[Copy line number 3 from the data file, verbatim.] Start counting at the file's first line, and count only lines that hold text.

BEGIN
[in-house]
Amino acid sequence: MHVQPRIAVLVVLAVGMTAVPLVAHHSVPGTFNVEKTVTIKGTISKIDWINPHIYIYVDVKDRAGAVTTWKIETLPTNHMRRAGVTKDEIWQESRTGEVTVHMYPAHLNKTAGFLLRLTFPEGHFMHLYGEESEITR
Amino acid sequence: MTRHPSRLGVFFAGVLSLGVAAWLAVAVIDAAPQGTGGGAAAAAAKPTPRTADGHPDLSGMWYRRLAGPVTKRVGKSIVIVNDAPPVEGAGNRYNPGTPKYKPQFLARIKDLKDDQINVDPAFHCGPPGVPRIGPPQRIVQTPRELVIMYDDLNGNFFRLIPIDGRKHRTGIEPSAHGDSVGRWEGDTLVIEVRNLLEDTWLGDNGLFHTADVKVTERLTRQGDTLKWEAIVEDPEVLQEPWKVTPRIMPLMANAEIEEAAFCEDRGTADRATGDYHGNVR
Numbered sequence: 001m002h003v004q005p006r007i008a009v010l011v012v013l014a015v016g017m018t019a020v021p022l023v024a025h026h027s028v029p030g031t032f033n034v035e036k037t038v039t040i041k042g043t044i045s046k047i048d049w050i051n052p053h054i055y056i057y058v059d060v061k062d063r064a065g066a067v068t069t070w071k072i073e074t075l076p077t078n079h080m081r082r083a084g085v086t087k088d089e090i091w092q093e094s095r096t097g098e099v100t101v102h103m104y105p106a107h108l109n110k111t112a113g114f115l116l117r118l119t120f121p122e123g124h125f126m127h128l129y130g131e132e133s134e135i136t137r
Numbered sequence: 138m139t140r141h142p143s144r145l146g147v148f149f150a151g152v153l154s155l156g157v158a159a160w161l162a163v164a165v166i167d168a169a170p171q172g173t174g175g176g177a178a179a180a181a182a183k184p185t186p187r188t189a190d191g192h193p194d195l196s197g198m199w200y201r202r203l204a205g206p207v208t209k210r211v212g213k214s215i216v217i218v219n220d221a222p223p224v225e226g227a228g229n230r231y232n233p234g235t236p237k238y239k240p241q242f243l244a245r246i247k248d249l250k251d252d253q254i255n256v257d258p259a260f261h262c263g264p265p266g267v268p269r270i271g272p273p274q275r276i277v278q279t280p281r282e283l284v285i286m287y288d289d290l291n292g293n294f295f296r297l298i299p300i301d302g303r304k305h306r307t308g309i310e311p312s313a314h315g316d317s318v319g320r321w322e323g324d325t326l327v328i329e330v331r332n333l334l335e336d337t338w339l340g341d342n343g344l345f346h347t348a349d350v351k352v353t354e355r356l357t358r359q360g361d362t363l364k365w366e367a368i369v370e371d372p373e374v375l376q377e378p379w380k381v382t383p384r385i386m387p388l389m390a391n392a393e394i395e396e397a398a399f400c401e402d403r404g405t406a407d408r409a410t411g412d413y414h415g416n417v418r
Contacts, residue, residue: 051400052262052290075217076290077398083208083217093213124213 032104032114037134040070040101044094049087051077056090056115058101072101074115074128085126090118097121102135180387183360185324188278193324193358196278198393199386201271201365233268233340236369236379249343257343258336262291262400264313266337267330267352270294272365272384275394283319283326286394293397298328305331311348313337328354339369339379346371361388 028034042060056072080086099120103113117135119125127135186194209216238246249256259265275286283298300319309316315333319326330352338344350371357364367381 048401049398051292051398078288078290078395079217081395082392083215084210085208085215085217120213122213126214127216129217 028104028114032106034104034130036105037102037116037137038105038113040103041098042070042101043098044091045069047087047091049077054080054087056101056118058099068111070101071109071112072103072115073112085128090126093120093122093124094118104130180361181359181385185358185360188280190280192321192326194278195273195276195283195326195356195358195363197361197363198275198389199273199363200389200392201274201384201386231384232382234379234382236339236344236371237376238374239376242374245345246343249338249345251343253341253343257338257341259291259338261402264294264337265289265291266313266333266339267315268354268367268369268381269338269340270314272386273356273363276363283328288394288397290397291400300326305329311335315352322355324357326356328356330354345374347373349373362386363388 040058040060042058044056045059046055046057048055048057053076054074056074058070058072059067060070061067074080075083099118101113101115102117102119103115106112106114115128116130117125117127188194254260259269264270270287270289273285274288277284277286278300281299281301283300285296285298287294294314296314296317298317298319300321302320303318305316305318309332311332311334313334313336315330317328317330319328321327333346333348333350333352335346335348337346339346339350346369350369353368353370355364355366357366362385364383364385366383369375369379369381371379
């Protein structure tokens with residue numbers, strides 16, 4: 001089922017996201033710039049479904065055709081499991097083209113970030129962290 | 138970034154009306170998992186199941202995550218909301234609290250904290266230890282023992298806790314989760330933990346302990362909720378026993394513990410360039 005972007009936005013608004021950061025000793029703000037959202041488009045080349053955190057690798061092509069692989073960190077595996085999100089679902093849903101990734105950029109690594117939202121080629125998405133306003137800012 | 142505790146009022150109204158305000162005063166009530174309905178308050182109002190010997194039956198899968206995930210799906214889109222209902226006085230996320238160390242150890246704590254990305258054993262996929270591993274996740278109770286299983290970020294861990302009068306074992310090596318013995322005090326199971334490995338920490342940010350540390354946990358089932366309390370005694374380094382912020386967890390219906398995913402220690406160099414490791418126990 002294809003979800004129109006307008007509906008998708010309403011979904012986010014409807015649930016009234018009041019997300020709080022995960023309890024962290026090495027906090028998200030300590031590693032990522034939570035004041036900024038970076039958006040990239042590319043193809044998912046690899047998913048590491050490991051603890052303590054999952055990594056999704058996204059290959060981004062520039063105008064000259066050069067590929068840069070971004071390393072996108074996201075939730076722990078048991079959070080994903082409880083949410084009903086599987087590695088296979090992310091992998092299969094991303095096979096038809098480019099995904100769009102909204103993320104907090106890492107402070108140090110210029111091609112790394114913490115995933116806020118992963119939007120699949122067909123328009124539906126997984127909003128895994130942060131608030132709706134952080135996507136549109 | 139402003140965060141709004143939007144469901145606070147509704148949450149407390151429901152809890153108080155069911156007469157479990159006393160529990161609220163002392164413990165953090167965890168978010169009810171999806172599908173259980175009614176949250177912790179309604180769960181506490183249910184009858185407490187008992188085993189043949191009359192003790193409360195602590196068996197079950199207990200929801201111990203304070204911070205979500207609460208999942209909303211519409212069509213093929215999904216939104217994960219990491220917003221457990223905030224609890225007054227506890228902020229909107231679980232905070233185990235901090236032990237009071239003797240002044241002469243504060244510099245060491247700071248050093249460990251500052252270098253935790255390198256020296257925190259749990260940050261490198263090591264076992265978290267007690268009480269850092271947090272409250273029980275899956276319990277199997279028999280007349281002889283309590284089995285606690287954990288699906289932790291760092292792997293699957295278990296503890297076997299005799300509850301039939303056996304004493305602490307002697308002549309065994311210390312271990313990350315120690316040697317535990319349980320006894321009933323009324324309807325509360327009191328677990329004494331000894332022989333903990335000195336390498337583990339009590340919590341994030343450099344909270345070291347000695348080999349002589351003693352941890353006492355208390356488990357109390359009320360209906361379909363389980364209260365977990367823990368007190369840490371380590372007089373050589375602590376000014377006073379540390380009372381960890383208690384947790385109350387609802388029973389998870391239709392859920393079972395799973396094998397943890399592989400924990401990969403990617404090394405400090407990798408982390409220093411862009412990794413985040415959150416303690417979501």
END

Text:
Amino acid sequence: MTRHPSRLGVFFAGVLSLGVAAWLAVAVIDAAPQGTGGGAAAAAAKPTPRTADGHPDLSGMWYRRLAGPVTKRVGKSIVIVNDAPPVEGAGNRYNPGTPKYKPQFLARIKDLKDDQINVDPAFHCGPPGVPRIGPPQRIVQTPRELVIMYDDLNGNFFRLIPIDGRKHRTGIEPSAHGDSVGRWEGDTLVIEVRNLLEDTWLGDNGLFHTADVKVTERLTRQGDTLKWEAIVEDPEVLQEPWKVTPRIMPLMANAEIEEAAFCEDRGTADRATGDYHGNVR